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What's going on at Brit start-up Arrival?

Arrival plans for an all-electric sustainable future – we've driven its van and seen its future car project

Published: 28 Feb 2022
 

Is it possible that vehicles we don't much like will provide the impetus for the next generation of cars we do love?

This is Arrival, a fascinatingly different start-up company that's on the point of launching an electric delivery van. Soon after will come a city bus. Then a car for Uber. It's also working on autonomous drive. None of these are, in the world of TopGear, remotely sexy.

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Still, I have a sneaky suspicion Arrival's techniques and cleverness could be subverted to do what is so hard for the conventional car industry to do: build individualistic and interesting cars that go beyond mass market blandness.

Arrival's mission is sustainable vehicles, made with low investment. In the rest of the motor industry, the R&D and factory costs are a brutal hurdle for any new, er, arrival. So Arrival has rethought the lot.

Its van has got huge delivery companies such as UPS (which fed into the design) very interested. This in an age when most of us are getting far more stuff delivered. With so many vans pouring onto the roads, it's vital they're sustainable, safe and cheap to run too.

Driving conventional diesel delivery vans is a bit grim. They're cumbersome, noisy and surprisingly hard to see out of, and often have few assistance systems. Comfort when driving isn't great, and in a delivery job you have to keep opening a heavy door and clambering up and down to the driver's seat. And they pollute.

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Arrival

I tried the Arrival van you see at the top of this page. It has a sliding door on the kerbside, which you can leave open in low-speed work. The floor, with no engine to distort it, is low and flat. You simply walk in and take your seat. Visibility is unbelievably good via giant glass and 360-degree cameras. The interface is on a screen, and straightforward. There's another door through the bulkhead to the cargo bay, so you don't have to walk around the vehicle and climb up there to fetch the parcel you're about to deliver.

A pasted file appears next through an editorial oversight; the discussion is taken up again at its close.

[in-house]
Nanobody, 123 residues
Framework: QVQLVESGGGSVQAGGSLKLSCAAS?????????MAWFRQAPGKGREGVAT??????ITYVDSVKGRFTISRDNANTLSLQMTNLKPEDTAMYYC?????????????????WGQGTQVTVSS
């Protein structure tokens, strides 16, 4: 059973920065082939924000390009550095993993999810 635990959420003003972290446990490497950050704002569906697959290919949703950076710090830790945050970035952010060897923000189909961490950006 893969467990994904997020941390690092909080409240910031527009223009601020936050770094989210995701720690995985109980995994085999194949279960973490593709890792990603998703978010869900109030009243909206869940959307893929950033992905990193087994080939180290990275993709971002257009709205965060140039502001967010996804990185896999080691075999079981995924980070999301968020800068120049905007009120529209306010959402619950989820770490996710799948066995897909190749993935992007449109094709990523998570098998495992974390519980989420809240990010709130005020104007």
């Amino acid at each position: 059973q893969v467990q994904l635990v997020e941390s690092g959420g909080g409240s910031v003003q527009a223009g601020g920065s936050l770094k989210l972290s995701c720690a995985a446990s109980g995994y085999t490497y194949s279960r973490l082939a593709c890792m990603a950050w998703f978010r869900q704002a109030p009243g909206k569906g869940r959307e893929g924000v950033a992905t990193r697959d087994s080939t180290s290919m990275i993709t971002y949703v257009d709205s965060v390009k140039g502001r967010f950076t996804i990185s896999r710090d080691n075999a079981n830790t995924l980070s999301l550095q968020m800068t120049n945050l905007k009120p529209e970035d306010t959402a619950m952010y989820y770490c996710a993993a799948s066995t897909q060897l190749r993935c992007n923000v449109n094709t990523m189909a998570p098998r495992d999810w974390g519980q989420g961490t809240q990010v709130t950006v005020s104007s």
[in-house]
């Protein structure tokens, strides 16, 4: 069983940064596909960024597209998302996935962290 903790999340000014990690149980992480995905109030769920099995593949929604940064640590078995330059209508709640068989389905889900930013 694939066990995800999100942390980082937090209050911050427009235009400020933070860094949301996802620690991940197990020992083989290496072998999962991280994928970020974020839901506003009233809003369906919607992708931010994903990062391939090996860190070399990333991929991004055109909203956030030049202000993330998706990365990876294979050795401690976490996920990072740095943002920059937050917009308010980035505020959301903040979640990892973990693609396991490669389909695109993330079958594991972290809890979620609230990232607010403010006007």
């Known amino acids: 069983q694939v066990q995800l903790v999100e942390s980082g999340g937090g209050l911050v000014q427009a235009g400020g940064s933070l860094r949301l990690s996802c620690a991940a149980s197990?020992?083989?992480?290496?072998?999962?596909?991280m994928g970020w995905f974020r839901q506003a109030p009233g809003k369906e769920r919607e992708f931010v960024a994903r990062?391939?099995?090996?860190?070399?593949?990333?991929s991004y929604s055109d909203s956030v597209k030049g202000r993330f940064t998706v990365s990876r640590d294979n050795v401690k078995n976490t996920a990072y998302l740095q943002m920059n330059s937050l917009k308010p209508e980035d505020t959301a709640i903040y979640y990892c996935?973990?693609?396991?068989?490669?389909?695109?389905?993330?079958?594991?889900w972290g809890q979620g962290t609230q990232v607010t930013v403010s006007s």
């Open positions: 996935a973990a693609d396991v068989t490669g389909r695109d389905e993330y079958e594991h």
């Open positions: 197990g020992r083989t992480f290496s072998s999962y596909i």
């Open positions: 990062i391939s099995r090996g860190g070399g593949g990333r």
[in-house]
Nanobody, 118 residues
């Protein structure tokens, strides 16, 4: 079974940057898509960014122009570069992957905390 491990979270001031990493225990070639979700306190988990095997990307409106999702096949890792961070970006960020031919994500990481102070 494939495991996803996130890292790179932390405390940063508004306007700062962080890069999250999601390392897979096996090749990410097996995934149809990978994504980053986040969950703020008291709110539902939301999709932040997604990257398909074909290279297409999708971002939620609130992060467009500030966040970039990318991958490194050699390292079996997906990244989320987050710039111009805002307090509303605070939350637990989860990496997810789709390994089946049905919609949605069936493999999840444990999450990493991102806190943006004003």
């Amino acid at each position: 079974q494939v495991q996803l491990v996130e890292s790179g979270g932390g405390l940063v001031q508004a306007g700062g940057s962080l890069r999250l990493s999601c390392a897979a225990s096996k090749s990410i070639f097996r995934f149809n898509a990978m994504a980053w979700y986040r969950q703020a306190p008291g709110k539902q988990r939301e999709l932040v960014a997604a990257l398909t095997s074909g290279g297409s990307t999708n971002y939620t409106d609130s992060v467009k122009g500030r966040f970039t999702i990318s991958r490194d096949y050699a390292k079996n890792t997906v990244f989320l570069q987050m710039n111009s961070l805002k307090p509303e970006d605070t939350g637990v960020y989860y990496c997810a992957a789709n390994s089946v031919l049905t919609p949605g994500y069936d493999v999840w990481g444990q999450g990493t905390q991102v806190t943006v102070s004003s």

It has a 204bhp front motor – twin-motor 4WD will be available too. Anyway, the single one is plenty for me when driving unladen around an industrial estate in Banbury. It accelerates smoothly and quietly. It steers straightforwardly, and rides well because, almost uniquely for a van, it has independent front and rear suspension. The brakes aren't properly calibrated yet, so my apologies to the Arrival PR person who I all but hurled through the windscreen the first time I slowed.

Arrival has designed its own motor and controller, and the battery and its management and the electronics. They're adaptable to go into the bus and car too, spreading the cost. The battery is modular, with WLTP range in the van from 112 to 180 miles. Sounds plenty. You try driving 112 miles in a day while stopping every five minutes to ring a doorbell, wait, drop the parcel and get a signature. Or trying again at the neighbour's.

The bus then. (Soz, told you we had to plough through some not-really-TopGear vehicles.) It too has a low, flat floor, plus dropping suspension for accessibility and an airy interior. I live in London so ride on buses a lot. This one is much nicer.

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Arrival's car is due late next year. It looks like a supersized shovel-fronted VW Up. In a good way. It's been developed in partnership with Uber. But it can't be a pure purpose taxi. Uber drivers also use their (mostly Prius) cabs as family cars when off duty.